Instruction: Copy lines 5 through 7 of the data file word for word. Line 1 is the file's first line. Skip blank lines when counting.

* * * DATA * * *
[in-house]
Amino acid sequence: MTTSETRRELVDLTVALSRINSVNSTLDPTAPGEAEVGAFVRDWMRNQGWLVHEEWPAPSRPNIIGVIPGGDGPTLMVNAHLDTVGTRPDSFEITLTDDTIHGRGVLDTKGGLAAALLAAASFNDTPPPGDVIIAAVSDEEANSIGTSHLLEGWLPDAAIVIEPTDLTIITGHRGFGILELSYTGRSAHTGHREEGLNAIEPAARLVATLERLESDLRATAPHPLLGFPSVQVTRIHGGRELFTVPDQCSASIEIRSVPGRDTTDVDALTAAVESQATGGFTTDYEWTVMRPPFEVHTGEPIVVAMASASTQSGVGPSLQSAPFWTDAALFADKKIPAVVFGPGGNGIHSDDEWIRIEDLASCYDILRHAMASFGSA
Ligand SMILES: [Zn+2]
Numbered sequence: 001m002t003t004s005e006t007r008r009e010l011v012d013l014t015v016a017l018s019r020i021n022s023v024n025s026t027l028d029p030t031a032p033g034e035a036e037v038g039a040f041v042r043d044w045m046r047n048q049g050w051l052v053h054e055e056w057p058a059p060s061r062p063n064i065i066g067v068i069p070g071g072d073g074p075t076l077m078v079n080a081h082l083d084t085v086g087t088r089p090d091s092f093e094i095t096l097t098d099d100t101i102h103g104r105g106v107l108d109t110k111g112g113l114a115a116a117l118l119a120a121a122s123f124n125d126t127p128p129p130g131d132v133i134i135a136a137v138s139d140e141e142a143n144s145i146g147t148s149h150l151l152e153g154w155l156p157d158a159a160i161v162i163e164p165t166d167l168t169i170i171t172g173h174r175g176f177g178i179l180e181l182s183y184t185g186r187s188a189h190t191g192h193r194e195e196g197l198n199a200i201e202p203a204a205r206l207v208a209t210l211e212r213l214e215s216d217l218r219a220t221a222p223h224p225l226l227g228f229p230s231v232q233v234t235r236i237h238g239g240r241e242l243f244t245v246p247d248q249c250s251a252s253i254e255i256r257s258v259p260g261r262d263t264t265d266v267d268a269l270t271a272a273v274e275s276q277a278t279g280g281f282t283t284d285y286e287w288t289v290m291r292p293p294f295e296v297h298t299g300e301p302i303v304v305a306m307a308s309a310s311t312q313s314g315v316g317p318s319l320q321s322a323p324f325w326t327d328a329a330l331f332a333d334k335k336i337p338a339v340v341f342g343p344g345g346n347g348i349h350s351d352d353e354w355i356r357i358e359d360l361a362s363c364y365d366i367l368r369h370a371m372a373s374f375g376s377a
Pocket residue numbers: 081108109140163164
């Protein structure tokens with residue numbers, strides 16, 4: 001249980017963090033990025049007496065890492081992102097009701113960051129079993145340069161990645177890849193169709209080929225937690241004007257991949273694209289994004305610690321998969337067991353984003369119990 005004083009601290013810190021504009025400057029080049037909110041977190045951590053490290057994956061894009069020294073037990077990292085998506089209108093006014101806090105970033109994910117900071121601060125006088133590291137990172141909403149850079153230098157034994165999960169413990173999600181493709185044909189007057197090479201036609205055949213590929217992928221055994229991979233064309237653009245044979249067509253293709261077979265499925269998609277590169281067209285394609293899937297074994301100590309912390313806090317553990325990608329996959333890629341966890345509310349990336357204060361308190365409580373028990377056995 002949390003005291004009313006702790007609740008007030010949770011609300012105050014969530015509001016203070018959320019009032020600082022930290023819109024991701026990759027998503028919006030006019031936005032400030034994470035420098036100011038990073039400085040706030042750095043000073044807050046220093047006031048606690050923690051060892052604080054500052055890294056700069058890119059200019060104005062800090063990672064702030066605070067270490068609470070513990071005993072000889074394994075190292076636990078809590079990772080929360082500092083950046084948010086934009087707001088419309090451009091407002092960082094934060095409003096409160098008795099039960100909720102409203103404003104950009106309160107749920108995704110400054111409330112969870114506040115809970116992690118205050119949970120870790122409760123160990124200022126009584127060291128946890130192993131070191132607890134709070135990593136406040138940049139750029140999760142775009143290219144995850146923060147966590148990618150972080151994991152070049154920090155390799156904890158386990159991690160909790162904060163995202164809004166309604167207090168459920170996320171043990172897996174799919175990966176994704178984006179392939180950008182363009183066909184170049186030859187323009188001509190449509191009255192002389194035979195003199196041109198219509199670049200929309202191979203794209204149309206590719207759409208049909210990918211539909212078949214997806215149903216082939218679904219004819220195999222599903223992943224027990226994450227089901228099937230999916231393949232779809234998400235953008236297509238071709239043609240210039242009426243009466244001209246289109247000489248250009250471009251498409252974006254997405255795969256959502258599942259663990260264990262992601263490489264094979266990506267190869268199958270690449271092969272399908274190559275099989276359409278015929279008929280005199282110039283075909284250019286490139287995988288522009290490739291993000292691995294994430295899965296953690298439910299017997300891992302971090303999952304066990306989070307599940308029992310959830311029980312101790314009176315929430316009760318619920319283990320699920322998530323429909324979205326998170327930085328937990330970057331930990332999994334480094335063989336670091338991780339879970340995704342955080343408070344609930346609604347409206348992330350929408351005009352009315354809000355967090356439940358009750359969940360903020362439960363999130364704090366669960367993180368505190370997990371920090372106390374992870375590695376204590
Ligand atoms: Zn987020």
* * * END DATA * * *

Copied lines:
Pocket residue numbers: 081108109140163164
């Protein structure tokens with residue numbers, strides 16, 4: 001249980017963090033990025049007496065890492081992102097009701113960051129079993145340069161990645177890849193169709209080929225937690241004007257991949273694209289994004305610690321998969337067991353984003369119990 005004083009601290013810190021504009025400057029080049037909110041977190045951590053490290057994956061894009069020294073037990077990292085998506089209108093006014101806090105970033109994910117900071121601060125006088133590291137990172141909403149850079153230098157034994165999960169413990173999600181493709185044909189007057197090479201036609205055949213590929217992928221055994229991979233064309237653009245044979249067509253293709261077979265499925269998609277590169281067209285394609293899937297074994301100590309912390313806090317553990325990608329996959333890629341966890345509310349990336357204060361308190365409580373028990377056995 002949390003005291004009313006702790007609740008007030010949770011609300012105050014969530015509001016203070018959320019009032020600082022930290023819109024991701026990759027998503028919006030006019031936005032400030034994470035420098036100011038990073039400085040706030042750095043000073044807050046220093047006031048606690050923690051060892052604080054500052055890294056700069058890119059200019060104005062800090063990672064702030066605070067270490068609470070513990071005993072000889074394994075190292076636990078809590079990772080929360082500092083950046084948010086934009087707001088419309090451009091407002092960082094934060095409003096409160098008795099039960100909720102409203103404003104950009106309160107749920108995704110400054111409330112969870114506040115809970116992690118205050119949970120870790122409760123160990124200022126009584127060291128946890130192993131070191132607890134709070135990593136406040138940049139750029140999760142775009143290219144995850146923060147966590148990618150972080151994991152070049154920090155390799156904890158386990159991690160909790162904060163995202164809004166309604167207090168459920170996320171043990172897996174799919175990966176994704178984006179392939180950008182363009183066909184170049186030859187323009188001509190449509191009255192002389194035979195003199196041109198219509199670049200929309202191979203794209204149309206590719207759409208049909210990918211539909212078949214997806215149903216082939218679904219004819220195999222599903223992943224027990226994450227089901228099937230999916231393949232779809234998400235953008236297509238071709239043609240210039242009426243009466244001209246289109247000489248250009250471009251498409252974006254997405255795969256959502258599942259663990260264990262992601263490489264094979266990506267190869268199958270690449271092969272399908274190559275099989276359409278015929279008929280005199282110039283075909284250019286490139287995988288522009290490739291993000292691995294994430295899965296953690298439910299017997300891992302971090303999952304066990306989070307599940308029992310959830311029980312101790314009176315929430316009760318619920319283990320699920322998530323429909324979205326998170327930085328937990330970057331930990332999994334480094335063989336670091338991780339879970340995704342955080343408070344609930346609604347409206348992330350929408351005009352009315354809000355967090356439940358009750359969940360903020362439960363999130364704090366669960367993180368505190370997990371920090372106390374992870375590695376204590
Ligand atoms: Zn987020």